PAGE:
OWAA past president Sheila Link died March 30, 2018

Sheila Link, OWAA’s first woman president, died March 30, just a few months short of her 95th birthday.
Sheila joined OWAA in May 1968. She served on the board of directors 1973-1976 and as president 1981-1982.
Sheila grew up in Southern California, but in a family that wasn’t outdoorsy. In a biography written for OWAA, Sheila describes how her parents refused to let her have a gun, but at 9, she ‘cadged shots’ from her playmate’s BB gun and .22 rifles and fell in love with the smell of gunpowder and the roar of discharge.
Despite her parents’ lack of interest in the outdoors or outdoor activities, she spent a lifetime shooting, camping, canoeing and hunting throughout North America, Africa and South America. She shared her passion for outdoor sports through her writing and teaching.
Sheila majored in music at the University of California and later played string bass with the San Francisco Civic Symphony. She married Frederic Link in 1945 and continued to play music while she raised her four children.
Her love of the outdoors, however, led to what became a long career in writing. She started with writing a weekly newspaper column on camping. She swiftly branched out and freelanced articles for major national publications such as Field & Stream, Outdoor Life, Sports Afield, American Rifleman, American Hunter, Gun Week and Gun World. She also became a staff columnist for regional publications such as Metropolitan Camper and Del-Marva News.
She produced an award-winning radio program, “Outdoors Unlimited,” took first place in OWAA’s 1974 photograph contest for action-color and wrote two books: one on wilderness survival for the Hardy Boys series and “Women’s Guide to Outdoor Sports,” published by Winchester Press. By 1998, she was the new products editor and a columnist for Women & Guns magazine.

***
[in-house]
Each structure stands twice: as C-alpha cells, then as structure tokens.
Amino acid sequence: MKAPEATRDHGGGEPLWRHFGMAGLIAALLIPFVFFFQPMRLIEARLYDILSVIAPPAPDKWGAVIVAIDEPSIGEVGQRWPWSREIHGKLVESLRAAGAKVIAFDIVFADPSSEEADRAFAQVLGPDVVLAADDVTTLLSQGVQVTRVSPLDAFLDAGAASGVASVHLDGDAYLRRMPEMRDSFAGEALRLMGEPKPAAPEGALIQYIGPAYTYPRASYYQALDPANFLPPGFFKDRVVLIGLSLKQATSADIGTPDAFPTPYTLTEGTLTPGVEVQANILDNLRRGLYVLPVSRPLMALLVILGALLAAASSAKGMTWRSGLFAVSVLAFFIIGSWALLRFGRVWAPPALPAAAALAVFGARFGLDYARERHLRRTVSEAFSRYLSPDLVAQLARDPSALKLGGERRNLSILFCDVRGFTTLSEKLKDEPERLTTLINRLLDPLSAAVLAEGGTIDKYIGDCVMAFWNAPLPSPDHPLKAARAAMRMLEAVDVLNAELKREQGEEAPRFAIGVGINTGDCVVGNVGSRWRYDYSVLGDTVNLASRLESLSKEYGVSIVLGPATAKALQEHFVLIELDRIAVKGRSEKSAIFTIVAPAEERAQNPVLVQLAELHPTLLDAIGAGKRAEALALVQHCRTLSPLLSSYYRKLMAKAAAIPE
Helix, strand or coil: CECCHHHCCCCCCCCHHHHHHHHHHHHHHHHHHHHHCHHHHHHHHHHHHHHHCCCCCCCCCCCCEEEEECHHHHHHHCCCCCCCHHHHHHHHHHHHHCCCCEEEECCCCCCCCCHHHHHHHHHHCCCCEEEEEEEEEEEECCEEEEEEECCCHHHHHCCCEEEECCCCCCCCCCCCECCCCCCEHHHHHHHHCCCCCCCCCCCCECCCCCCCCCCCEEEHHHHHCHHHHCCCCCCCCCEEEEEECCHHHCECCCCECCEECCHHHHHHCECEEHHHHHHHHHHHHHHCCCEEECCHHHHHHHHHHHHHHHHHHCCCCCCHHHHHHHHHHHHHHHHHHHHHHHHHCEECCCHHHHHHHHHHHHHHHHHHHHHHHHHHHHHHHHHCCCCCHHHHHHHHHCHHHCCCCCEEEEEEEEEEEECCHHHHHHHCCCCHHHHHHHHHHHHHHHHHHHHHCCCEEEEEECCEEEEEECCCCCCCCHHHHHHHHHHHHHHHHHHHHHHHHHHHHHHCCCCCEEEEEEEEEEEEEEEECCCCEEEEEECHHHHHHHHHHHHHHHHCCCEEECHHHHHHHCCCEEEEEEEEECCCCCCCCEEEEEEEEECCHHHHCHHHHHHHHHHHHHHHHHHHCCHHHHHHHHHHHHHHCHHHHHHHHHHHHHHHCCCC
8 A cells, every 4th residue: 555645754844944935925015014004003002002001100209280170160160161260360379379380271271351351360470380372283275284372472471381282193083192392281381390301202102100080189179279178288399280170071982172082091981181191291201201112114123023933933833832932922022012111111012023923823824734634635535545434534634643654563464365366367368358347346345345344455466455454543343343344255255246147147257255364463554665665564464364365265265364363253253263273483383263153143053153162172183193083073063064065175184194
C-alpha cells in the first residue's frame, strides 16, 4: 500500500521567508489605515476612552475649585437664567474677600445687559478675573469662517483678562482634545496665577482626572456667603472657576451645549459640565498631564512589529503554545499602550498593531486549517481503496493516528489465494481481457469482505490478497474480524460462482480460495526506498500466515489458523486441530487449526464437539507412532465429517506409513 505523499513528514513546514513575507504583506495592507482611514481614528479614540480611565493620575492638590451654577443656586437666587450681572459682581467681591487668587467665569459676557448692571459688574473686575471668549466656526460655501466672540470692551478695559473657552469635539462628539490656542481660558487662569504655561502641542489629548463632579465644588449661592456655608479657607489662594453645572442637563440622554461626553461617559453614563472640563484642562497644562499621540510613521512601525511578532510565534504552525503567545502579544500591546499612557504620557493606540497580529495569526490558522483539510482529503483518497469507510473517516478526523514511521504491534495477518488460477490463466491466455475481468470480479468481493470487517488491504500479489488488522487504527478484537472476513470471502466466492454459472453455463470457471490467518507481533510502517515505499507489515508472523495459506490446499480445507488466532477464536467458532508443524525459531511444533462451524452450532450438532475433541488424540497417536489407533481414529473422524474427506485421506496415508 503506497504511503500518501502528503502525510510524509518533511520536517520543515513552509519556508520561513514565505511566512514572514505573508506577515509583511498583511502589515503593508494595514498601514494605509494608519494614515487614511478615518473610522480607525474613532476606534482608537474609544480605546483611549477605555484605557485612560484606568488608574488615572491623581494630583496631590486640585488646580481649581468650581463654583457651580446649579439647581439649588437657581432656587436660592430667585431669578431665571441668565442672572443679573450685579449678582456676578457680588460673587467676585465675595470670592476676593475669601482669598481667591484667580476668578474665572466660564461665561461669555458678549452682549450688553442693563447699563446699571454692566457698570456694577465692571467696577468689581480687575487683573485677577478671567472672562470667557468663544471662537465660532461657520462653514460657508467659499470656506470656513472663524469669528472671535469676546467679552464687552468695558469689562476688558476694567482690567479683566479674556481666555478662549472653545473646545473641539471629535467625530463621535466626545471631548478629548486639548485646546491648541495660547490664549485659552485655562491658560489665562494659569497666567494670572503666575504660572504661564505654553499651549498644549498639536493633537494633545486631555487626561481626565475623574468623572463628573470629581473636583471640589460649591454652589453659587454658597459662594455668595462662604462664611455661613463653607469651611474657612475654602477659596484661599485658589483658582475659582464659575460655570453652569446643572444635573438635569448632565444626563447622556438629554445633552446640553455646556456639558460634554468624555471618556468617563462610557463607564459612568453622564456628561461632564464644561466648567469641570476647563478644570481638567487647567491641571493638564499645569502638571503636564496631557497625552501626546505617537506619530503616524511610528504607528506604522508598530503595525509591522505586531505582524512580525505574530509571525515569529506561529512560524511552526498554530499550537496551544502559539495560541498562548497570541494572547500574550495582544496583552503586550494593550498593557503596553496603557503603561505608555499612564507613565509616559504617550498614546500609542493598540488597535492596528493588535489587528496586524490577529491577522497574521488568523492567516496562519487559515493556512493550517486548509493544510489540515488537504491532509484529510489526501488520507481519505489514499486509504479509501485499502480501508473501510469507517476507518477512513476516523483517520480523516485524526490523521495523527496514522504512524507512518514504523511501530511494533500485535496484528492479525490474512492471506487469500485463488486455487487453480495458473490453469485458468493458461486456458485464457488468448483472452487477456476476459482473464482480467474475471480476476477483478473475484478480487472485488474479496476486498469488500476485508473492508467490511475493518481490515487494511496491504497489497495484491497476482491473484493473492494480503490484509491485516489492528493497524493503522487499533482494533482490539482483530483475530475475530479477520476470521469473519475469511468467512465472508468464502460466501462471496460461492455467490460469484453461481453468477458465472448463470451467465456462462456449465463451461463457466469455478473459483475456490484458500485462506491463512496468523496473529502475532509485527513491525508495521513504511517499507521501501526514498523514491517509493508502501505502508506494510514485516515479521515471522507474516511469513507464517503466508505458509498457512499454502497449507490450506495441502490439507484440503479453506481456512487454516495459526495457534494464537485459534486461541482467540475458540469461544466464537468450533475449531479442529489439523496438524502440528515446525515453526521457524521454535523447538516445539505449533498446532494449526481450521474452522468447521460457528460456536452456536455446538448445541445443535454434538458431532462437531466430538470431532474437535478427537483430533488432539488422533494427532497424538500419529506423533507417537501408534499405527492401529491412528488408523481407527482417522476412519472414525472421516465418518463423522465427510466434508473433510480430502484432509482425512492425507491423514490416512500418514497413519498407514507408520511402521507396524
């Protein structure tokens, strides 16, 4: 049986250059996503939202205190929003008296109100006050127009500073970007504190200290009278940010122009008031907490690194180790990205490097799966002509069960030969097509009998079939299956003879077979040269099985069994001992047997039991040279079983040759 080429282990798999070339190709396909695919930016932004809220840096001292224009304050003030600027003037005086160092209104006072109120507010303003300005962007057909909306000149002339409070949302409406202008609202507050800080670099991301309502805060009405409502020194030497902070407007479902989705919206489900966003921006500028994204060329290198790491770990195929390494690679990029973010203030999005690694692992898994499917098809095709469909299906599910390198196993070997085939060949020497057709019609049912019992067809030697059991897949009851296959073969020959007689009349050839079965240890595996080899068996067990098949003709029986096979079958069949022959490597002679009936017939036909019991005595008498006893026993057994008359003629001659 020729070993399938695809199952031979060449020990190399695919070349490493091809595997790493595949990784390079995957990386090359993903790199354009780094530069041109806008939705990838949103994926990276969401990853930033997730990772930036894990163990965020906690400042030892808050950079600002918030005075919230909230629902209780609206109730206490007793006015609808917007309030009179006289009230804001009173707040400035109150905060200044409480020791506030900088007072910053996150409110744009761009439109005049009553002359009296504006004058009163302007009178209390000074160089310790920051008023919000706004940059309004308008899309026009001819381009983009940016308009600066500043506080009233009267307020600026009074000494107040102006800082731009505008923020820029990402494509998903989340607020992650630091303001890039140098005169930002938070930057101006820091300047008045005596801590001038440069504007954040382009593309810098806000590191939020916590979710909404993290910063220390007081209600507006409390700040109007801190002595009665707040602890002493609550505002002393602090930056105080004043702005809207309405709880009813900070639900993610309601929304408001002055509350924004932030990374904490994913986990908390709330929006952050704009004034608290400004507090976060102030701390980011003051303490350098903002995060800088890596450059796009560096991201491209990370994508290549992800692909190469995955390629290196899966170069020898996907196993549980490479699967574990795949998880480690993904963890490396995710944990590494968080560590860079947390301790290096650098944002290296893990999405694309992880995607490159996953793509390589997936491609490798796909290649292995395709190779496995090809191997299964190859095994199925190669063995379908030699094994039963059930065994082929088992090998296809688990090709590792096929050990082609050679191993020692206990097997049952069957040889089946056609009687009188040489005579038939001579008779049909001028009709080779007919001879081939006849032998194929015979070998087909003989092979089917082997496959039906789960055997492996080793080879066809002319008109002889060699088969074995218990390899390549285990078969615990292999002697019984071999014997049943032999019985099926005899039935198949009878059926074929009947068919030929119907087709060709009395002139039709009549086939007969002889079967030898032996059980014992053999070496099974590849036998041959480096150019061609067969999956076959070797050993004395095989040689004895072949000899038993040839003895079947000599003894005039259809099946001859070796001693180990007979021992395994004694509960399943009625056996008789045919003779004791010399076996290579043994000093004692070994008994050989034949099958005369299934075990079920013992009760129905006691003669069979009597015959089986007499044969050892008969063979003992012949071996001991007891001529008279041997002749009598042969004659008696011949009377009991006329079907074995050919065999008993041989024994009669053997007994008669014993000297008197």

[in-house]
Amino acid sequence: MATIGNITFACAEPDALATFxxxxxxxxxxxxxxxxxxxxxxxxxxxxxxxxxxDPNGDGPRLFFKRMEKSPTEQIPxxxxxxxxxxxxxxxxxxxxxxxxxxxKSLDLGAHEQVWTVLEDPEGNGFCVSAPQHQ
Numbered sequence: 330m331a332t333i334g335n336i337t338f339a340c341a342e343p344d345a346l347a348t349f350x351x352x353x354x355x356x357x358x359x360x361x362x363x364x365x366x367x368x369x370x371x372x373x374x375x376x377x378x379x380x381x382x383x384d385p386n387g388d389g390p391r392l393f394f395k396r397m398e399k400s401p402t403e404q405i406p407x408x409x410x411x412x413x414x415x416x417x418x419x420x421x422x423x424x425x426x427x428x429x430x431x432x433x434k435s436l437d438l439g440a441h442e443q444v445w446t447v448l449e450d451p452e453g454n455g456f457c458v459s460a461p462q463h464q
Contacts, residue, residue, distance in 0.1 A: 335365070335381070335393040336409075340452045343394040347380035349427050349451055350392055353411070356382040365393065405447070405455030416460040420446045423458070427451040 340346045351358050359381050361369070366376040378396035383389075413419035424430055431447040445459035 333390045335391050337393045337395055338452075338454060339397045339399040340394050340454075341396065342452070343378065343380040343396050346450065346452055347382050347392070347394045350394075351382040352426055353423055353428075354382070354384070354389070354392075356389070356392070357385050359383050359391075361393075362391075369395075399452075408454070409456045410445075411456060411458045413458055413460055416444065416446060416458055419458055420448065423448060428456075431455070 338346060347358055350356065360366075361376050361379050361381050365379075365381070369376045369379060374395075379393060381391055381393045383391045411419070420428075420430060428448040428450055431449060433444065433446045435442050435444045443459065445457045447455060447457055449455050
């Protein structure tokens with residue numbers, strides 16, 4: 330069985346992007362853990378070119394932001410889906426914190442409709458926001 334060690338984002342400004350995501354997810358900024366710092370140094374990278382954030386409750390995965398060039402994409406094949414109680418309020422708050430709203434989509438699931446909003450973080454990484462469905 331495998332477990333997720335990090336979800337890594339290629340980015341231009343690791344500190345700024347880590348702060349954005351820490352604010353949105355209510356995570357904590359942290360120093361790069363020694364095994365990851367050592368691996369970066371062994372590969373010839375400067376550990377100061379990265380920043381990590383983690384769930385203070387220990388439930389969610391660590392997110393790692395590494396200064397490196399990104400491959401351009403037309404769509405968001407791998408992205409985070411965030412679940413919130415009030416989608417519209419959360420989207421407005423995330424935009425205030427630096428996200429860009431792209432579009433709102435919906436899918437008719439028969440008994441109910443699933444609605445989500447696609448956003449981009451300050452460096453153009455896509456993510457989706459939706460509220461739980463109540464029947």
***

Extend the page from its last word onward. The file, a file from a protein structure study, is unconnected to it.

She also taught outdoor skills such as backpacking, orienteering and wilderness survival at Brookdale College in New Jersey.
As a consultant to the National Rifle Association for nine years, she spoke on radio, TV and in personal appearances, on the right to bear arms and to hunt. She served three terms on the organizations hunting and conservation committee, taught week-long courses in wilderness survival at NRA’s Whittington Center, served as a deputy conservation officer in New Jersey and taught hunter education in New Jersey and California. She was an NRA-certified pistol, rifle and shotgun instructor and was certified by the California Department of Justice to teach the basic firearms safety course required for firearm purchases in that state.
“The outdoor world has lost a truly great advocate,” said Bill Hilts Sr., a fellow past president of OWAA. “I was fortunate to be able to have called Sheila a good friend and watched her as she carved a trail which left an indelible mark on this fine organization.  Sheila showed the way for ladies to become active members of the leadership of OWAA and what a great plus that has been for this group.”
Sheila’s family said anyone who wishes to acknowledge her is encouraged to make a donation in her name to organizations devoted to maintaining wilderness.

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